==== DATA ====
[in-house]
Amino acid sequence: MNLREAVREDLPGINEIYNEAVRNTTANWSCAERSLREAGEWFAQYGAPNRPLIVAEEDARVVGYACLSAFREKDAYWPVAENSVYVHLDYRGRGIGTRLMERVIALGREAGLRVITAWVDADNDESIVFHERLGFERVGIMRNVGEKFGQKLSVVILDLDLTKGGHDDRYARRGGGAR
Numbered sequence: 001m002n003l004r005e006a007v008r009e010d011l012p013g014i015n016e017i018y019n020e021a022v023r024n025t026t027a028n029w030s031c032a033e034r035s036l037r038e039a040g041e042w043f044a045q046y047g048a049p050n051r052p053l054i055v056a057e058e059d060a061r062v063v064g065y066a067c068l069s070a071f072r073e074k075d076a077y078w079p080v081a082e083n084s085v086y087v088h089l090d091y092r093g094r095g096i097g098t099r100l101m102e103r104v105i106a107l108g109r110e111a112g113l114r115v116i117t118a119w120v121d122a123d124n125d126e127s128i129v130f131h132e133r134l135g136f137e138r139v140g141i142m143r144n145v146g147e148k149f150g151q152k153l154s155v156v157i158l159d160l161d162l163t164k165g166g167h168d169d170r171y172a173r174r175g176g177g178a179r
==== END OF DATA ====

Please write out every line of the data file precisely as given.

[in-house]
Amino acid sequence: MNLREAVREDLPGINEIYNEAVRNTTANWSCAERSLREAGEWFAQYGAPNRPLIVAEEDARVVGYACLSAFREKDAYWPVAENSVYVHLDYRGRGIGTRLMERVIALGREAGLRVITAWVDADNDESIVFHERLGFERVGIMRNVGEKFGQKLSVVILDLDLTKGGHDDRYARRGGGAR
Numbered sequence: 001m002n003l004r005e006a007v008r009e010d011l012p013g014i015n016e017i018y019n020e021a022v023r024n025t026t027a028n029w030s031c032a033e034r035s036l037r038e039a040g041e042w043f044a045q046y047g048a049p050n051r052p053l054i055v056a057e058e059d060a061r062v063v064g065y066a067c068l069s070a071f072r073e074k075d076a077y078w079p080v081a082e083n084s085v086y087v088h089l090d091y092r093g094r095g096i097g098t099r100l101m102e103r104v105i106a107l108g109r110e111a112g113l114r115v116i117t118a119w120v121d122a123d124n125d126e127s128i129v130f131h132e133r134l135g136f137e138r139v140g141i142m143r144n145v146g147e148k149f150g151q152k153l154s155v156v157i158l159d160l161d162l163t164k165g166g167h168d169d170r171y172a173r174r175g176g177g178a179r